Contributed by David Carrier / Five smallish early Jo Baer paintings are on display in one white- walled gallery at DIA Beacon in her exhibition there since 2022. The show is both tantalizing and exasperating. In the 1970s, Baer became famous as a minimalist painter. Then she left New York, published a manifesto in 1983 proclaiming “I am no longer an abstract artist,” and changed her style completely.
Tag: Dia Beacon
Contributed by Matilde Guidelli-Guidi / In the 1970s, Jack Whitten developed a unique painting language driven by process and concept and characterized by material experimentation, dense luminosities, and multidimensionality. This exhibition brings together forty works from Whitten’s land- mark Greek Alphabet series, realized in his downtown New York studio between 1975 and 1978. The paintings were on view at DIA Beacon through July 10, 2023.
I’m still in the Hudson River Valley after the opening at John Davis Gallery yesterday. Thanks Martin Bromirski, Maureen Burke, Tracy Helgeson, Chris Quirk, Amy Madden, Beth Gilfilen, and everyone else for making the trip. Today I’m headed to Dia:Beacon to see the Antoni Tapies exhibition. Tapies was born in […]
When I recently vacated my summer studio shack at Habitat For Artists, Simon Draper, creator/curator of the unusual HFA residency project in Beacon, NY, asked me to write a brief essay on my experience. It’s longer than my usual posts, and some of it may sound familiar from earlier Studio […]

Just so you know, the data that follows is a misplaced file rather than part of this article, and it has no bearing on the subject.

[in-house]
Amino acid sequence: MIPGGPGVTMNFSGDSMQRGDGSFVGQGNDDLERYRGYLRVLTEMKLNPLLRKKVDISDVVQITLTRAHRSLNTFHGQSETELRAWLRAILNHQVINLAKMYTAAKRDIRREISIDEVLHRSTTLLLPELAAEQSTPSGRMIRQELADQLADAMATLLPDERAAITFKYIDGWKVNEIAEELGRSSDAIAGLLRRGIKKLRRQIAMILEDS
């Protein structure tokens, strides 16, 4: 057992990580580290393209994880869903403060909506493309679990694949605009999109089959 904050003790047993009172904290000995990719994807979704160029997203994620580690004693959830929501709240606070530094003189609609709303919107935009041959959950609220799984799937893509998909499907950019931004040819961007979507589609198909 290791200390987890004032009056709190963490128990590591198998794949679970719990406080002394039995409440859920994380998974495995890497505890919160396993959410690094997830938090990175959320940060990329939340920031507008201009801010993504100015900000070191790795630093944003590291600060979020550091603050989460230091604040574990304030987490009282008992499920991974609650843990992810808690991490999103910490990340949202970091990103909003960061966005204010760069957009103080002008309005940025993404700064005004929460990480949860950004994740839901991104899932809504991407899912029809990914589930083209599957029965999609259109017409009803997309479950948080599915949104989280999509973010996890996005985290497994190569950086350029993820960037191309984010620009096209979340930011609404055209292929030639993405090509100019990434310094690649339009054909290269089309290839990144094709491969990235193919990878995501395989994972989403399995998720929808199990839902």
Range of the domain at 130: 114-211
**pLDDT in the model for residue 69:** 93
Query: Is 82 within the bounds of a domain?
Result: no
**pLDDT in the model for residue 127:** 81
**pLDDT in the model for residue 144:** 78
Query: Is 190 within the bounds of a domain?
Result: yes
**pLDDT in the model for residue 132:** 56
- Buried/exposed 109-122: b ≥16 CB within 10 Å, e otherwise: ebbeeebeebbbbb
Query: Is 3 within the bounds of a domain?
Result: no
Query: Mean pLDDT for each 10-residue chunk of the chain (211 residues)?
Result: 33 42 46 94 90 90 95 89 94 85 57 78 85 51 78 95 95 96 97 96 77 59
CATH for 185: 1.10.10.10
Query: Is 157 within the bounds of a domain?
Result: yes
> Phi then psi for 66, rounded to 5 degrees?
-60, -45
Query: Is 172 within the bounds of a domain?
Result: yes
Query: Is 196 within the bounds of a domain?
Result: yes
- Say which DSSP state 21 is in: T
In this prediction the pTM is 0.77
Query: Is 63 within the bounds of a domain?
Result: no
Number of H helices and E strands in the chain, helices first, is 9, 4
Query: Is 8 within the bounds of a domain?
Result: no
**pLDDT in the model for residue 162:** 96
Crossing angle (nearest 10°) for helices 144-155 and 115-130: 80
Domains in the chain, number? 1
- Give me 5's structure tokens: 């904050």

NY Times critic Holland Cotter made the trip up the Hudson this week to visit Dia: Beacon and reports that he has no problem with the 2008 recreation of the 1977 Imi Knoebel installation. “’24 Colors�For Blinky’ was in storage for some 30 years, and when it was finally retrieved, […]
In July issue of The Brooklyn Rail, I wrote about an Imi Knoebel installation at Dia:Beacon. The installation, billed as a restoration of Knoebel’s 1977 project “24 Colors–For Blinky,” was in fact a wholesale recreation of the enormous project. Preservation and restoration of Minimalist art is the subject of a […]
In the July/August issue of The Brooklyn Rail, check out my article about Imi Knoebel’s 1977 installation, which, thanks to generous funding from Gucci, has been recreated at Dia:Beacon. “After Palermo’s mysterious death at 33, Knoebel took the essential components of Palermo�s mostly small-scale work (color, shape, carefully conceived site-specific […]
This essay, which examines the evolving studio needs and expectations among contemporary artists, originally appeared in the June 2008 issue of The Brooklyn Rail.——- Contributed by Sharon Butler / Renaissance artists were members of professional guilds, maintained studios known as workshops, and staffed them with assistants to help complete monumental […]